November 04, 2008

Regarding Expectations

I JUST GOT BACK from a break to discover the flurry of comments around Meena’s post. There’s lots of accusations about it not being well thought out / clear etc and I would like to clarify, yet again, that UV is a space to share informed opinion  but also feelings, angst, even rants. Quite simply, it’s a space where women can voice things. Not all those things have to be perfectly logical little pieces of social / cultural critique. Not all of them have to come with their five-point solution for saving the world. If you don’t like that, don’t read. If you want to make it better, contribute. Guest posts are always welcome.

Just as long as they come with your real name attached to them. Because we’re writers who are willing to brave the trolls, abusers and critics. This is not to say that posts should not incite disagreement, but it would be nice if the larger issues didn’t get lost in the bid to prove superior cleverness. Also, I would hate for this to become a space where people have to think a million times before voicing something, for fear that it’s not ‘intelligent’ enough.

Aren’t comments that pick apart a post line by line a bit pointless? Wouldn’t it make more sense to write a counter-post making a better argument or discussing the issue in the way that you think it deserves? Anyway, I’m going to stop to take a breath and point you to this blogger, who has responded to the post and comments and, I think, said some useful things:

Without digressing further, I am going to get my always optimistic self to look at this like this: The UV is a useful space, for ALL Indian women who write and read English and have access to internet. This is not a place that calls for credential presentation of only certain class of women but it is an initiative that is open to all types of womens voices.

Next, that this place will put its ‘glare’ aside and LOOK at the problem. And emerge with solutions before the problem becomes as big as the eve teasing and other darned crimes against women that plague the Indian woman going about her business.

  • First, they will acknowledge cyber stalking as a crime: Hopefully!
  • Second, they will look at the modus operandi of the crime. By listening!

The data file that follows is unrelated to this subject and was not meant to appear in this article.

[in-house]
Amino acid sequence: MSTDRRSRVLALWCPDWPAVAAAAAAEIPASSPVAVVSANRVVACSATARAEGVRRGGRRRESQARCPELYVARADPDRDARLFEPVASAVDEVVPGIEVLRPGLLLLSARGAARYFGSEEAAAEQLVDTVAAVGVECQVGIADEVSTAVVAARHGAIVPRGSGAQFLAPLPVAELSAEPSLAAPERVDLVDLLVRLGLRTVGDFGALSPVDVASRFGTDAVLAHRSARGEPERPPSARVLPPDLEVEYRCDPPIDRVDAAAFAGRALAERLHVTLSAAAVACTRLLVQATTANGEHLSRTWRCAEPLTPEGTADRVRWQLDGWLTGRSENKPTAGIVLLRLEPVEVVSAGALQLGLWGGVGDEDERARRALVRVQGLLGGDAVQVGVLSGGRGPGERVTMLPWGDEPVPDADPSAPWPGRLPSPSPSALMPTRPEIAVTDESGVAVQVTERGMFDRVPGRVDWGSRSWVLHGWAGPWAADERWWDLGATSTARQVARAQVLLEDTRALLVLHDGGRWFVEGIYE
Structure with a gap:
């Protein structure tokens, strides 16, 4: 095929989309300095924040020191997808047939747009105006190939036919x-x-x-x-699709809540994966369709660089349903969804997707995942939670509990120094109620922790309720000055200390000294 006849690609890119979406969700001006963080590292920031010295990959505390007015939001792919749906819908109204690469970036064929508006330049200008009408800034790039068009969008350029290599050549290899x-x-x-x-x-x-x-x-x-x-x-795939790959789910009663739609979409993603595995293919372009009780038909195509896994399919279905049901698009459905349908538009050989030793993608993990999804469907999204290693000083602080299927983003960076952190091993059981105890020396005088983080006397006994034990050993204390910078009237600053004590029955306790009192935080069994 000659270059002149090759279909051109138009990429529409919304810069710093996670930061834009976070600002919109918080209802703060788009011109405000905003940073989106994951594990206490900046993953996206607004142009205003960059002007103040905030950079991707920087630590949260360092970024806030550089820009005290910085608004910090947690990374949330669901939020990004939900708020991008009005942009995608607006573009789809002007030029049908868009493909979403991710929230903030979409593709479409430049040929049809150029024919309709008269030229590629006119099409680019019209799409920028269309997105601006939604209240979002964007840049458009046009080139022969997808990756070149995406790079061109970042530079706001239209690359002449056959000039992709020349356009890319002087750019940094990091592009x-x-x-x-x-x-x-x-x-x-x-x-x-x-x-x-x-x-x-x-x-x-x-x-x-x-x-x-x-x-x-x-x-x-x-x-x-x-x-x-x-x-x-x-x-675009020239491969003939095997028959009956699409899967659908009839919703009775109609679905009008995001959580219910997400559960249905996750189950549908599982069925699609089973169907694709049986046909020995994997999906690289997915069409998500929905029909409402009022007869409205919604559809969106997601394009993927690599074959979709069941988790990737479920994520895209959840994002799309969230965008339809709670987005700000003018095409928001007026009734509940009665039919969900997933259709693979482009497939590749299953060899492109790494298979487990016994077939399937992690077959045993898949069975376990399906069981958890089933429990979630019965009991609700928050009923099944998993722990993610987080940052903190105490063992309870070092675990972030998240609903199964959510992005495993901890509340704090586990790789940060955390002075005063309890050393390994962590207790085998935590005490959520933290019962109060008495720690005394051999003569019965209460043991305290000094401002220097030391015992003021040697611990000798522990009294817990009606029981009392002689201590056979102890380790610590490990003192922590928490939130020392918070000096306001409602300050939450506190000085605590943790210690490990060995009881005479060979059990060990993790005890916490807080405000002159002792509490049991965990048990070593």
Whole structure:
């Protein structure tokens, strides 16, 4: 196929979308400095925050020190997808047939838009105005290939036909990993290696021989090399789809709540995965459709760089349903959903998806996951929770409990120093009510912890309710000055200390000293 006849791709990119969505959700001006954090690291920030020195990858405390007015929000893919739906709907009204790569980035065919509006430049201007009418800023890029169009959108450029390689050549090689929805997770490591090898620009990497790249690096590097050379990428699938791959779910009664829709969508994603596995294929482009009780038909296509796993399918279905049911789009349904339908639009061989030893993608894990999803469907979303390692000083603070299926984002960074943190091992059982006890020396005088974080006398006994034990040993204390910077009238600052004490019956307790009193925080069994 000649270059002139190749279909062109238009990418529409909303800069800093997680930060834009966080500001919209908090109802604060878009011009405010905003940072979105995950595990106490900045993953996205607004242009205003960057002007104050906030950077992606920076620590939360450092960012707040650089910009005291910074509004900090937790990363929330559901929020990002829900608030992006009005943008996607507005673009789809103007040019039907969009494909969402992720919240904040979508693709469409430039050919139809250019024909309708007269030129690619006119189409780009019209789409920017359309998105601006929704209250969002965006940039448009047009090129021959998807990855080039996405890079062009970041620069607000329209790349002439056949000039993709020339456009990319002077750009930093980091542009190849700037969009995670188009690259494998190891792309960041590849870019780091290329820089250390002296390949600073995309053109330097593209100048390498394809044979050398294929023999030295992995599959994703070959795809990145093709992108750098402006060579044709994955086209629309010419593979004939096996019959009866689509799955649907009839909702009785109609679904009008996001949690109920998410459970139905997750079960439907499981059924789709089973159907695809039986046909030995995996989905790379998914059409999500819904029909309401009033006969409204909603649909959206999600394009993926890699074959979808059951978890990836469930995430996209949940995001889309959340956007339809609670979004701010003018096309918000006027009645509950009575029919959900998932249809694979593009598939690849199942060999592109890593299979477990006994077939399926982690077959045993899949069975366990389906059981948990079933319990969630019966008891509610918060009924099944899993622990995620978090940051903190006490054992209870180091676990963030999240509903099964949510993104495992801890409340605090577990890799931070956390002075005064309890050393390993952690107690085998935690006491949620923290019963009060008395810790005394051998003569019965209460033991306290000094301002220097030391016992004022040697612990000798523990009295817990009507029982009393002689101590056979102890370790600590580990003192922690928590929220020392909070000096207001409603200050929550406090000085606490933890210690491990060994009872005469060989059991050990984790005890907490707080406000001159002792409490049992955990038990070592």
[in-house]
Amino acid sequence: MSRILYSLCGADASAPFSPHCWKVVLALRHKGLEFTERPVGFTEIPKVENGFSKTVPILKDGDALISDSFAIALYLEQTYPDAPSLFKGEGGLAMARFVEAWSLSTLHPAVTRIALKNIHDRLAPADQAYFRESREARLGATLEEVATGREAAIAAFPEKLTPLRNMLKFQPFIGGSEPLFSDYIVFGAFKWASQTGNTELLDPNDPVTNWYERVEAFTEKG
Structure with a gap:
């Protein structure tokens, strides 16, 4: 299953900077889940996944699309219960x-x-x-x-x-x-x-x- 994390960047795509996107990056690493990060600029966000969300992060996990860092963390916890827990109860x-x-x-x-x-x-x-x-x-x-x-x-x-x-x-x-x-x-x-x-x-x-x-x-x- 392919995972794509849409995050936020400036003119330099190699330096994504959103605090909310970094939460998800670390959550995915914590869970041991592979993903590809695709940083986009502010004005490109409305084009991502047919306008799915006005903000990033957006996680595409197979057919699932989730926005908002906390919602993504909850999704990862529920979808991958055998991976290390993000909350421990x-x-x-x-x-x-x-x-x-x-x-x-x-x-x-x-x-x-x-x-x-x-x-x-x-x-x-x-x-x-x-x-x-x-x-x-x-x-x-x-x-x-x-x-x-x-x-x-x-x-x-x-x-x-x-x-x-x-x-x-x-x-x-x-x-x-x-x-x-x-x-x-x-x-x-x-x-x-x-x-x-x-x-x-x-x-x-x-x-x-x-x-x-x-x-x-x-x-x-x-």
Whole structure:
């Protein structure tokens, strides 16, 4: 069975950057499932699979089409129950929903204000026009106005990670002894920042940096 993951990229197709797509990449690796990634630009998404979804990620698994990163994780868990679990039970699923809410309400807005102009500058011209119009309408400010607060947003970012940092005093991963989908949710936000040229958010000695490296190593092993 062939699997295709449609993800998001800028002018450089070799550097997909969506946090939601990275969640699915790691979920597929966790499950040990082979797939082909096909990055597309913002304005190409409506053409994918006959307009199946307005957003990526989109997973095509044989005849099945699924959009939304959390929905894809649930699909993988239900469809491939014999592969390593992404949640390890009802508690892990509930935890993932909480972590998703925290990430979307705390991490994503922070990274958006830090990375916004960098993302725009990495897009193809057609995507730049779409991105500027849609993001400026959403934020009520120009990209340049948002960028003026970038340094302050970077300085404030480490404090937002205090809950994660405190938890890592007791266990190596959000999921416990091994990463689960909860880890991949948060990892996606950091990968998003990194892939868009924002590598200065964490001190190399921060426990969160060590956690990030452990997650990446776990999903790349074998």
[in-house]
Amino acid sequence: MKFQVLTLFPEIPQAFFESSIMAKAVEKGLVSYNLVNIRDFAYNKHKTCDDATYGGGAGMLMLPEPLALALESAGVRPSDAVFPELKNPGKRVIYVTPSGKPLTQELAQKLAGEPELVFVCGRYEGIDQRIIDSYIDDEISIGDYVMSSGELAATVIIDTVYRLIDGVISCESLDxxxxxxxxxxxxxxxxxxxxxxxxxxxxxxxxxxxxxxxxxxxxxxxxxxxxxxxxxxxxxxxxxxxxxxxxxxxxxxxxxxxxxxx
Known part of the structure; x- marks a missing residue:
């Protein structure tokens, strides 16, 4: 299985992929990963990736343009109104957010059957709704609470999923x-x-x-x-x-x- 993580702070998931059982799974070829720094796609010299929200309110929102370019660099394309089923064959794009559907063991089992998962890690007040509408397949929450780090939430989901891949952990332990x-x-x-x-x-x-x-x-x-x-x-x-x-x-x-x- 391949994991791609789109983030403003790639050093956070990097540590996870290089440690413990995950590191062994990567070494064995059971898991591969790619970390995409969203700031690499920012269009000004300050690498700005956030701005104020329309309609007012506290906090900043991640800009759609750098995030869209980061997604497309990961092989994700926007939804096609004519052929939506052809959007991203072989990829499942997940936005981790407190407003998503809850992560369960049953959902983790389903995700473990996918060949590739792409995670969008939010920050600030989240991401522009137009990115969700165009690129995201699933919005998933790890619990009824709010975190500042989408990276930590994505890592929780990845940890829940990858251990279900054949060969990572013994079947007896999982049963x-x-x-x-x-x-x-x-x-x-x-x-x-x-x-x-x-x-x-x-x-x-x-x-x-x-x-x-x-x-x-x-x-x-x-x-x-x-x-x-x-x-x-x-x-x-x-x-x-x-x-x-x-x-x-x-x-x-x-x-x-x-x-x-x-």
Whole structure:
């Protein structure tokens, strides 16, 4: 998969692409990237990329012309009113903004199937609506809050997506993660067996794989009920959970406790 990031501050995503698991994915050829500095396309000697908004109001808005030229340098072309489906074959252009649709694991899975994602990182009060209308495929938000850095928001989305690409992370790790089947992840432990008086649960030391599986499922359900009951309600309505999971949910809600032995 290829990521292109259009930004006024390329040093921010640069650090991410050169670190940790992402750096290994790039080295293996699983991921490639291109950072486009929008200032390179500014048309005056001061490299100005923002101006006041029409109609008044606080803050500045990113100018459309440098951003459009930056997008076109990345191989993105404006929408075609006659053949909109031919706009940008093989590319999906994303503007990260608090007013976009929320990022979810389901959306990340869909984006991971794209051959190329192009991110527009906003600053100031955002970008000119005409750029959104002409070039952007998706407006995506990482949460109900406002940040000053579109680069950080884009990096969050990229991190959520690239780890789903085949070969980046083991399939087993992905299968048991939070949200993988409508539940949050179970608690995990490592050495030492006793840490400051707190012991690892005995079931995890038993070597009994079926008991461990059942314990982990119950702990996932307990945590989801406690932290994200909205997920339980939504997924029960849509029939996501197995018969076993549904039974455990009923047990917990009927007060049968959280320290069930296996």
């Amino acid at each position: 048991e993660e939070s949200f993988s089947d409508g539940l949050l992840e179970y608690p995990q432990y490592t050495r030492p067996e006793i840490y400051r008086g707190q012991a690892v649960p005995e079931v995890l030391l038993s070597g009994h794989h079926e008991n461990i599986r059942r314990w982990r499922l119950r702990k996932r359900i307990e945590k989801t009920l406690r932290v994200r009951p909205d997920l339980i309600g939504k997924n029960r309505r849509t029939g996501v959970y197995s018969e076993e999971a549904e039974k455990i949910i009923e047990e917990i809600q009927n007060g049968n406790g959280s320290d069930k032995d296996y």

• Third, they will look at this ‘crime vs free speech’ objectively. Without tearing each other out!

Fourth for which I have little hope they will think of the web as a space for women who will react to bad behavior from strangers in the virtual world in a million different ways. Since all Indian women are not loud, articulate, thick skinned, still feel responsible to families, care about others opinions, not interested in being an ‘ist’ but does not mean that they don’t fight prejudices, OR are not effective human beings.

So, if everyone’s done with pointing out other people’s dreadful lack of clarity / thought / logic etc, can we discuss the crime versus free speech issue? If one goes with the credo that people should have free speech on the web, where does ‘cyber abuse’ or ‘cyber stalking’ begin? What is the line one can draw?

It makes me think of how sexual harassment in the workplace is similarly problematic. Many would say that verbal abuse does not constitute harassment and should not be curtailed because it’s free speech. But when your boss makes lewd jokes about you, your anatomy and private functions, it’s hard to think of his rights to ‘free speech’. Believe me.

What about emotional abuse in cases of domestic violence, which again usually depends on words. Is the person expected to develop a ‘thick skin’ and get on with it? And when does being ‘thick skinned’ become ‘putting up with shit’?

Any thoughts?

6 comments to Regarding Expectations

  • “Not all those things have to be perfectly logical little pieces of social / cultural critique. Not all of them have to come with their five-point solution for saving the world. If you don’t like that, don’t read”

    Done. I’ve unsubscribed from the RSS feed and deleted you from my bookmarks.

    Such a disappointment this site turned out to be.

  • anu

    2 out of the 9 regular writer’s from UV, have come out to say that they are/have been subjected to cyber abuse and stalking. That to me is the significant part, hence ‘my angst’ that we listen a little more carefully and respond thoughtfully.

    I read many post here, where comments are mild to strong to sometimes unpleasant and that seemed fine, life. But Meena’s post here and Sharanya’s post on her blog started addressing something personal, that has implications for the rest of us on the web. And this needs our less than usual earnestness in breaking down an argument…………..

    Viewing cyberstalking objectively is a tough job as it is a subjective experience and the way it is being handled by the victim, will call on many many things…………….. which we can keep pulling apart. And in the process forget the crime and perpetrators…….. waste useful discussion time focused not on the crime or the solutions………

    Since, I wrote that post on my blog I have had to unapprove comments from agencies that are advertising cyberstalking detecting expertise………. there apparently seems like a nice thriving private industry behind this phenomenon. That to me also indicates that more and more victims are using private means to handle this…….all pointing to the gaping holes in legislation.

  • Falstaff: I’m sorry you feel that way.